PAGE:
Germany installed 26 percent more new wind-power capacity in this year's first half than a year earlier, an industry group said Wednesday — the latest sign of a lasting renewable energy boom as Europe's biggest economy phases out nuclear power.

More than 400 turbines with a combined capacity of some 1,000 megawatts — roughly equivalent to one nuclear power plant — were installed, up from about 800 megawatt in same period last year, the Wind Energy Association said.

There should be an even sharper increase over the whole of 2012, taking into account manufacturers' order books and already-planned projects, the group's head Hermann Albers told reporters in Berlin.

The wind turbines installed in the first six months brought the total capacity to over 30,000 megawatts, producing 9.2 percent of the country's electricity, up from 7.7 percent in 2011, a utility industry group said last week.

"The figures show that we are on the right track as a country regarding wind power. As the backbone of the energy switchover, it can replace nuclear power cheaply and efficiently," said Albers.

He stressed that the wind industry aims at tripling its electricity share by 2020, mostly thanks to new offshore wind farms and the replacement of older wind turbines with new and more efficient ones.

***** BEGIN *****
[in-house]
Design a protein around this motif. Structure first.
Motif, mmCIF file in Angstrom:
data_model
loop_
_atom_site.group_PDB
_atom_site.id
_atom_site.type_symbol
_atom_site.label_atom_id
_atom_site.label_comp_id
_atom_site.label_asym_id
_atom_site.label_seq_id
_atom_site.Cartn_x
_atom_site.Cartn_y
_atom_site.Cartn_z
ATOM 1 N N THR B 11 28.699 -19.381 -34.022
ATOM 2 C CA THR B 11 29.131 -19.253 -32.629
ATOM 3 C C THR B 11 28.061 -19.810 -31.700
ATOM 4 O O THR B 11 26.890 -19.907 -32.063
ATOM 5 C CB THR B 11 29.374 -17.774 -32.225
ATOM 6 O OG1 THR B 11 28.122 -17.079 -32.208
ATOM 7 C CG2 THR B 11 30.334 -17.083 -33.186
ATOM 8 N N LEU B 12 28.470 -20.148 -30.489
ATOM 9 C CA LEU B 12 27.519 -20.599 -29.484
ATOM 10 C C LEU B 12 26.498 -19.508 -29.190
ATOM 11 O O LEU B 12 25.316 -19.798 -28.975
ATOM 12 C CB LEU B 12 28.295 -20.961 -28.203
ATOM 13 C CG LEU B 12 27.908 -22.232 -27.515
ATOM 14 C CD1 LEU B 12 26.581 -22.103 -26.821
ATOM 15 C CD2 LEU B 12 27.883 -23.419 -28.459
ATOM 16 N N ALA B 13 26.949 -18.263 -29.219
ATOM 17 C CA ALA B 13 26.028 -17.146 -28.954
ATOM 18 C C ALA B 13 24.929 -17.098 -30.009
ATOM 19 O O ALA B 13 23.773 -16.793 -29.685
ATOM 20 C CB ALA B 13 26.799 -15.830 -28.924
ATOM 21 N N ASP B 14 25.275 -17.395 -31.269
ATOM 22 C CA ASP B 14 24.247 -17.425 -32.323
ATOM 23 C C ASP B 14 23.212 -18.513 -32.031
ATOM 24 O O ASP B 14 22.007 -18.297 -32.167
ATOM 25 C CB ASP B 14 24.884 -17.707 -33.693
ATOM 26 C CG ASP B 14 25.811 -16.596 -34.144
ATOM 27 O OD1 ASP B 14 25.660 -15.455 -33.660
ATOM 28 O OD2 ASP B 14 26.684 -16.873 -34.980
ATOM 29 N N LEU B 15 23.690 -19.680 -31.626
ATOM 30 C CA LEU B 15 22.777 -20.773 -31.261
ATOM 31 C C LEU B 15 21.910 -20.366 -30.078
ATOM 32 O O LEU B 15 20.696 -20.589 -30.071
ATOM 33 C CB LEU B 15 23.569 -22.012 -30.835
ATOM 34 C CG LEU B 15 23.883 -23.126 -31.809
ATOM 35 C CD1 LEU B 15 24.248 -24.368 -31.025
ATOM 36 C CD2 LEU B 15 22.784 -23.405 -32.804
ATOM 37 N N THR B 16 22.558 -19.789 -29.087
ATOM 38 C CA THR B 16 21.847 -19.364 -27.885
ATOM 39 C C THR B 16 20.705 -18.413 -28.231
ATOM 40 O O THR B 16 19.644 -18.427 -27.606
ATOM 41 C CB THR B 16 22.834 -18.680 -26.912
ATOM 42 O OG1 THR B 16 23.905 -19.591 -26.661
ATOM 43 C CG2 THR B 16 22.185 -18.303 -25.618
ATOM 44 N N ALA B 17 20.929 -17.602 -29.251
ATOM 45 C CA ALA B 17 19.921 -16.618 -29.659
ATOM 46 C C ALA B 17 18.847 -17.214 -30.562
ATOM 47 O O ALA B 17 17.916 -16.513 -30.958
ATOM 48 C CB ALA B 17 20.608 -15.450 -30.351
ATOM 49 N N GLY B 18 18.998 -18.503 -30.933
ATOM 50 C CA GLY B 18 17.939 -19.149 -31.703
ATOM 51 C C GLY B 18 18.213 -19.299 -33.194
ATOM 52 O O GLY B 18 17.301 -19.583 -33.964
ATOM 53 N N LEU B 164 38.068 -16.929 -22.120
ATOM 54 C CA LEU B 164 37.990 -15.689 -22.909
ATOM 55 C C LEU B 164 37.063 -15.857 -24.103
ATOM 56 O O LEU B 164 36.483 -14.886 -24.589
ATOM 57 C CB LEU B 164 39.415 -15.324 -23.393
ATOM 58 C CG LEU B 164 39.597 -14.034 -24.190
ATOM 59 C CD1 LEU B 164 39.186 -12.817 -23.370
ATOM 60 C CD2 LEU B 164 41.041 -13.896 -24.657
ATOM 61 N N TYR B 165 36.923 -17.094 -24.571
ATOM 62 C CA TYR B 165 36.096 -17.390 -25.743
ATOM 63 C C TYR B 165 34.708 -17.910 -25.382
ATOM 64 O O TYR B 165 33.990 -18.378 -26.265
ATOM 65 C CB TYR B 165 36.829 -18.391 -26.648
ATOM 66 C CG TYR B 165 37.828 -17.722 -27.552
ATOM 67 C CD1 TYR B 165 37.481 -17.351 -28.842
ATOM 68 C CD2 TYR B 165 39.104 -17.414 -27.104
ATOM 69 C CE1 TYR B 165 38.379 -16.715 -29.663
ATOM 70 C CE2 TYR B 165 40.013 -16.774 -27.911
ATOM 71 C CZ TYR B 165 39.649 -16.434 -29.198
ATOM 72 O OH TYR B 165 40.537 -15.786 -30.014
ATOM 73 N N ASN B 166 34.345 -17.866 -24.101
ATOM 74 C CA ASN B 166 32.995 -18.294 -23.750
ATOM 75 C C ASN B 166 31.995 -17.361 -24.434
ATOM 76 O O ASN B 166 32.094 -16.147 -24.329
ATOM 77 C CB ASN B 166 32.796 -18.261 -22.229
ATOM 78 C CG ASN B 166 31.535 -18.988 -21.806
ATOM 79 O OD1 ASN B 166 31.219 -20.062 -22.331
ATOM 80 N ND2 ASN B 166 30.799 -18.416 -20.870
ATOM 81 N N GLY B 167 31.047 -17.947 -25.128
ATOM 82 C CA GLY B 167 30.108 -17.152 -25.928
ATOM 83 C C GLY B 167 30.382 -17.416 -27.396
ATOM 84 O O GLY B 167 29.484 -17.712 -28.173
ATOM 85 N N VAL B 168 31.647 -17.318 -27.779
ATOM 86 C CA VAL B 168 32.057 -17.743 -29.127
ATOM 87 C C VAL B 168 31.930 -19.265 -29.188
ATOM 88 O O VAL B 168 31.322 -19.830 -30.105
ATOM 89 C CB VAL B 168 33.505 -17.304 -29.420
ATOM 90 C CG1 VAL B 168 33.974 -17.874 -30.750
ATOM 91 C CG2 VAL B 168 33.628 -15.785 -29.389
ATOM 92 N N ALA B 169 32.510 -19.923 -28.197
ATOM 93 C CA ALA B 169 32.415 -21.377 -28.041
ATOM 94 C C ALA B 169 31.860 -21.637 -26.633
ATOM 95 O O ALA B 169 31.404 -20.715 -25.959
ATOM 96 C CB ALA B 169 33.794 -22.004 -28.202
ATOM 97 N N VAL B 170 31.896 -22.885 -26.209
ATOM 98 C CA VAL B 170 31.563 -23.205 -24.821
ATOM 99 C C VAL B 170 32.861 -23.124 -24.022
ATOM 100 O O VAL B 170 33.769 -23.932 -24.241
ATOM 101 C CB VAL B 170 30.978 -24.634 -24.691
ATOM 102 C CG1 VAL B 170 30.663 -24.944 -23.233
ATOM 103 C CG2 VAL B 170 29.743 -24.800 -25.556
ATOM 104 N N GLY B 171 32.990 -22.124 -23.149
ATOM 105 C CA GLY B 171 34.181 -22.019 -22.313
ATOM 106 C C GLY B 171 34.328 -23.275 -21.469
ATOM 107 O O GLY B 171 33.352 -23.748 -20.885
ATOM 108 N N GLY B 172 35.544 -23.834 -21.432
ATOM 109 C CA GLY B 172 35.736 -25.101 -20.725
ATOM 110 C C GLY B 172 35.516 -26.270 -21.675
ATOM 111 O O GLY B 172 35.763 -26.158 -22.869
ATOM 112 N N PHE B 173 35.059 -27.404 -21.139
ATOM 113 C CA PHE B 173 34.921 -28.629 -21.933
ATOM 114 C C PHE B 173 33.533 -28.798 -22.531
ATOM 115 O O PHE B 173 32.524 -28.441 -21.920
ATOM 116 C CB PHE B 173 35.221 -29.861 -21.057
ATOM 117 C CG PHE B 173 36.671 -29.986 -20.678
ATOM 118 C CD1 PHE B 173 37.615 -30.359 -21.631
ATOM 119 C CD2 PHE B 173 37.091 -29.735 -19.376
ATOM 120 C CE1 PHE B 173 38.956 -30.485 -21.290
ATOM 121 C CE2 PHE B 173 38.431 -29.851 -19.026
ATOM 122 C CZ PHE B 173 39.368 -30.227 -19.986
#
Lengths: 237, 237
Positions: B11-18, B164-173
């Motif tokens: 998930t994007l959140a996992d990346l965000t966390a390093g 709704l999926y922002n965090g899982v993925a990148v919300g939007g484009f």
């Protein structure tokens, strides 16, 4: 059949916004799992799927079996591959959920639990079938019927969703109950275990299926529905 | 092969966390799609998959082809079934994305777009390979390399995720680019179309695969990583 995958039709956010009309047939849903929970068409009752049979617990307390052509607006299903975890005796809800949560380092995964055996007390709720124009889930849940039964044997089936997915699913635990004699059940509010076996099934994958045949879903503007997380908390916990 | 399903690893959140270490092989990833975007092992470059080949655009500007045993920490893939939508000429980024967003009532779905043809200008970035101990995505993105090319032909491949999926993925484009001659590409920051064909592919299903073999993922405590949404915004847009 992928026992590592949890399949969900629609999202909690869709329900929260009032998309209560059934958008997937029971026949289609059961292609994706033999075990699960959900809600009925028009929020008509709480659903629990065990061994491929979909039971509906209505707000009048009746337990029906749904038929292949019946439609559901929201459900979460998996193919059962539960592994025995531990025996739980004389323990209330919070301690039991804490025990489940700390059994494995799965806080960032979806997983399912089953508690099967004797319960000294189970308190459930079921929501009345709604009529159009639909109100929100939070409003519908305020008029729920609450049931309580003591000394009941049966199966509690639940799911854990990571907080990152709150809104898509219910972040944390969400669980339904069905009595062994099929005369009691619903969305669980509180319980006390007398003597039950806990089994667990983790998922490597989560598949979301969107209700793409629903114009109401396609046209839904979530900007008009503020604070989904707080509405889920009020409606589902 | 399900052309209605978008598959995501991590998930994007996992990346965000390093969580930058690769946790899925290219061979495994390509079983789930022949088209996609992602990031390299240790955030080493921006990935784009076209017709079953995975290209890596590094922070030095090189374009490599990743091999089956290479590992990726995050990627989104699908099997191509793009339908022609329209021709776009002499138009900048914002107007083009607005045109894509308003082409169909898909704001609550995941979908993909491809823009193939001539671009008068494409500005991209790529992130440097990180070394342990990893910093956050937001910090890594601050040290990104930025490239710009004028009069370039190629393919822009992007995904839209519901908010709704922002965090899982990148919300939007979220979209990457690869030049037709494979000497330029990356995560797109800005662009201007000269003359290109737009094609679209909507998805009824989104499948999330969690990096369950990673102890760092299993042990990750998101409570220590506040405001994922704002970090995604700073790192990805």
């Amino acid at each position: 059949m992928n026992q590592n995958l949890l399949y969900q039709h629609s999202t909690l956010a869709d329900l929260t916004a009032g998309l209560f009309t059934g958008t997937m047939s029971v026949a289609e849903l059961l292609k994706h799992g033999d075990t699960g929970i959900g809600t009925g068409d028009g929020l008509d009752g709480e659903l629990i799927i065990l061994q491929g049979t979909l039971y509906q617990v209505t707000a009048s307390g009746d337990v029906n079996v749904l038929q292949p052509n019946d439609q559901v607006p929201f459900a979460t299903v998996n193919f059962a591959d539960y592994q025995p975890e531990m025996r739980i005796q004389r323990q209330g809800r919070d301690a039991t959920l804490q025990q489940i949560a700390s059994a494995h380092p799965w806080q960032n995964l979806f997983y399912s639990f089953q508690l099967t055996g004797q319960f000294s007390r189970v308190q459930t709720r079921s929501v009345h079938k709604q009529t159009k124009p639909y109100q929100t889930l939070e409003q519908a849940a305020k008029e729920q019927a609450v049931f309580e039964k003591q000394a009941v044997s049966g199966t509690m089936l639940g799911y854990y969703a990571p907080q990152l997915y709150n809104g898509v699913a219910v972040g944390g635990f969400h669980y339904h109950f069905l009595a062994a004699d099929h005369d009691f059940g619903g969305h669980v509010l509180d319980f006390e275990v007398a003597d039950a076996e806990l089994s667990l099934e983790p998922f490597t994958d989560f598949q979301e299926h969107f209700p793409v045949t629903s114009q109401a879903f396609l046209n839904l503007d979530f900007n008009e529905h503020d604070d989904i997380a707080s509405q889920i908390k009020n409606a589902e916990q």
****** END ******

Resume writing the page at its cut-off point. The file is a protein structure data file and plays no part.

Germany decided following Japan's 2011 Fukushima disaster to speed up phasing out its nuclear power plants, shutting them down within a decade and betting on renewable energies instead.

Before Fukushima, nuclear power in Germany produced a little more than 20 percent of the country's electricity needs — about the same share it had in the U.S. and in Japan. It has since fallen well below 20 percent.

Wind, solar and other renewable power sources — helped by subsidies and investment incentives — produced about 25 percent of the country's electricity in the first six months, up from 21 percent for all of 2011, according to figures from the BDEW utility industry group.

Solar power also continues to boom as house owners are keen to install panels on their roofs, and its share rose by almost half from 3.6 percent to 5.3 percent.